After the draw against WBA I complained about lack of power through the central midfield area, and a lack of pace out wide. Somebody, somewhere was listening.
With Paulinho and Dembele restored to midfield we had a powerful duo commanding the central areas. That they added guile and composure was also a major benefit to the team as a whole.
Paulinho probably had his best game for us since his summer transfer, drifting into forward positions, flicking the ball delightfully into the path of his comrades. In a dominant first half he had a 100% pass completion rate – dropping to around 92% by the time he was substituted.
Dembele seemed to glide effortlessly past opponents who frequently resorted to manhandling him to stop his progress. On the one occasion they failed to get close enough he unleashed a bullet of a shot to give us our two goal cushion.
Pace was provided by Lennon who proved a major handful to Stoke´s defence for the entire game, running at the opposition and tormenting them until finally he scored with a sublime half volley. That apart, his end product was not that good, failing to find any fellow Spurs man with any of his crosses, but at least he was getting into dangerous areas.
All three were sorely missed last time out so no surprise that their return should be greeted with our biggest League win of the season.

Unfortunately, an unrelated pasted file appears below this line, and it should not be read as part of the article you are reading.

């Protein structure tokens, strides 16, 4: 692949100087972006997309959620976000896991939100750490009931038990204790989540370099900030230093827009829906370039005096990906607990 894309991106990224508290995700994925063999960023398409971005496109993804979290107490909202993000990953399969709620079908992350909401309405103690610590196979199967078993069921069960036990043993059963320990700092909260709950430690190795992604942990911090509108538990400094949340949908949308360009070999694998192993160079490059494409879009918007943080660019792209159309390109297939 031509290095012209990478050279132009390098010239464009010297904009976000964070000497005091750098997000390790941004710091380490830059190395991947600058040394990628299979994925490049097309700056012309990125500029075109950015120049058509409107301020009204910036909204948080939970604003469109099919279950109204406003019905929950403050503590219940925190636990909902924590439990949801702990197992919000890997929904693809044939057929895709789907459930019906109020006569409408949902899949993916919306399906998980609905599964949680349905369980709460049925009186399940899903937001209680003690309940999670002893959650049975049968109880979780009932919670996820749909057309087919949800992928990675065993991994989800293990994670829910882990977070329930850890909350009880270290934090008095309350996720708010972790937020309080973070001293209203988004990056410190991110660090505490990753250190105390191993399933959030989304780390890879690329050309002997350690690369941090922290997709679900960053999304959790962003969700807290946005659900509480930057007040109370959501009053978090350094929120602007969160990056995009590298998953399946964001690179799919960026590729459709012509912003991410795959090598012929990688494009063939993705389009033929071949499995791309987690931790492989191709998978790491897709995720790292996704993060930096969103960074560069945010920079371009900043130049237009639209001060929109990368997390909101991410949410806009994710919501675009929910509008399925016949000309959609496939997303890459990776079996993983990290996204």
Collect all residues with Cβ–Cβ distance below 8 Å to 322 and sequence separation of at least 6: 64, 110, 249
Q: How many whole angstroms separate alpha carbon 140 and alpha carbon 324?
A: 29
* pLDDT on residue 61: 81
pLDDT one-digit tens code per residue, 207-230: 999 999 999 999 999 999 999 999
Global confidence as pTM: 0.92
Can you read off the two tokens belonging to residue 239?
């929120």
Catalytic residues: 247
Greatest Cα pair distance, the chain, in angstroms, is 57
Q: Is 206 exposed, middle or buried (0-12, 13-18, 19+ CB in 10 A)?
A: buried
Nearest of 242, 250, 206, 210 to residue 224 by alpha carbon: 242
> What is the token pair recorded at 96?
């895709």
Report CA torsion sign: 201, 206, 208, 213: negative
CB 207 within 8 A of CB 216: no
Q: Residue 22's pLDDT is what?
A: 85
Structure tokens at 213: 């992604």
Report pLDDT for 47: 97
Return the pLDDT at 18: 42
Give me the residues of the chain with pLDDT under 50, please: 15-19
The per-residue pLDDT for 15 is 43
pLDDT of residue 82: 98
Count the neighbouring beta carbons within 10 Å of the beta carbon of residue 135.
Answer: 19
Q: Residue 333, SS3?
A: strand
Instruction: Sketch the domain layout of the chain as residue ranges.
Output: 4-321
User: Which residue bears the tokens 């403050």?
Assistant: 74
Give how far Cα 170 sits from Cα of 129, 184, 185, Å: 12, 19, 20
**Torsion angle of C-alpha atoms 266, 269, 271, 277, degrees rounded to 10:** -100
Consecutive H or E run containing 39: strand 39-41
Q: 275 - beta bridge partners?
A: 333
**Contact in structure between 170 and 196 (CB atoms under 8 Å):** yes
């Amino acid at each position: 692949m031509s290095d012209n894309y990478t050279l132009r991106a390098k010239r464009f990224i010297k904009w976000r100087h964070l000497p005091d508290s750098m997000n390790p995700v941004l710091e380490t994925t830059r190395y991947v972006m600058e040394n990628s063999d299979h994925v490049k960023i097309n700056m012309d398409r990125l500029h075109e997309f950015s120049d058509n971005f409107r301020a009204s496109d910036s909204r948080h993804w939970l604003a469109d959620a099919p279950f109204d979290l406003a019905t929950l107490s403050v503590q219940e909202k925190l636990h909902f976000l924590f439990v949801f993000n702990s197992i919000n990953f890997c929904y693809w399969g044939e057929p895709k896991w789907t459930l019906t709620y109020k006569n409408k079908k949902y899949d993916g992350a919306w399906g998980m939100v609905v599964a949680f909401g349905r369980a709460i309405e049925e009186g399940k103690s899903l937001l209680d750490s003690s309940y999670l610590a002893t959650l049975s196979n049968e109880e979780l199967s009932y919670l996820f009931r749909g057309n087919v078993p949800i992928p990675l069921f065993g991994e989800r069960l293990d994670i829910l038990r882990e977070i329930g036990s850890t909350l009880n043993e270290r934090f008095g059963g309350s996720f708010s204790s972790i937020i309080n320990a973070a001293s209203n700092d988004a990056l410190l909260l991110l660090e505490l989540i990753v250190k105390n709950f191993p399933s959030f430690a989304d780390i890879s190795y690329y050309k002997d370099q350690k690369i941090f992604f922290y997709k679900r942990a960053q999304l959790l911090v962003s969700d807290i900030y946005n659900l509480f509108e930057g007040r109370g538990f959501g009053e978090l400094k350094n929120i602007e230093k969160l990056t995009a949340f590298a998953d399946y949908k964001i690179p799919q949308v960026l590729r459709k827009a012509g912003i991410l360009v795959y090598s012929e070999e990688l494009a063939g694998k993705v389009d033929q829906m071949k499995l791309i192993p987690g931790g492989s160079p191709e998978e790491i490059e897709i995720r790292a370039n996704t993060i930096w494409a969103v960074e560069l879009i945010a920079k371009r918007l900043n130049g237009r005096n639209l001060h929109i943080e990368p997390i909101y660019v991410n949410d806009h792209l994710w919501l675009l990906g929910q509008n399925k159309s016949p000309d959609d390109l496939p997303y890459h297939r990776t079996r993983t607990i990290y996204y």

Defensively we were barely tested as Stoke were more Stuck than anything else, recording just two shots on goal – one a weak Crouch header while the other was an Adam piledriver freekick which flew two yards wide. They offered so little that the outcome was rarely in doubt – especially once Adebayor´s acrobatics had forced Shawcross into handling and Soldado´s composure from the penalty spot was as good as ever.
Three goals, three points and a small move up the table into seventh, just three points off the magical fourth spot but as we all know with a vastly inferior goal difference. Everton now hold that position but Liverpool and ManUre sit between them and us and in order to qualify for the Champions League it looks like a straight race between the four of us.
With Le Arse, Citeh and Chelski all winning – yet again – and beginning to stretch away from the chasing pack, it appears that anything above fourth may be beyond us.
A win on Wednesday – a repeat of that fantastic result at Old Trafford last season – would go a long way to achieving that objective.
It would appear that midfield is now sorted (at least until the Beast is back) but defence still presents a problem – missing four players who could well be in most people´s preferred starting line up (Walker, Kaboul, Vertonghen, Rose). Is anyone convinced that Dawson – despite playing in every League game so far – is our best defender? And Naughton and Fryers are only stand-ins, capable against lesser teams but suspect against top sides.
However, our strike force is once again the main focus of attention. Despite putting in a lot of effort, a lot of running off the ball and combining – in different ways – for the first goal, both Adebayor and Soldado failed to score from open play despite both being given gilt-edged opportunities.
Yet again we had so many shots on goal, but were so wasteful.
Throughout the season so far, we have consistently had more possession (today´s game was no exception as we had around 65/70% throughout the match) we have almost always had more shots than any of our opponents, yet we also cannot convert these into goals.
If Tim Sherwood can, by some miracle, come up with a solution to this seemingly simple problem – we will have a second half to the season to remember.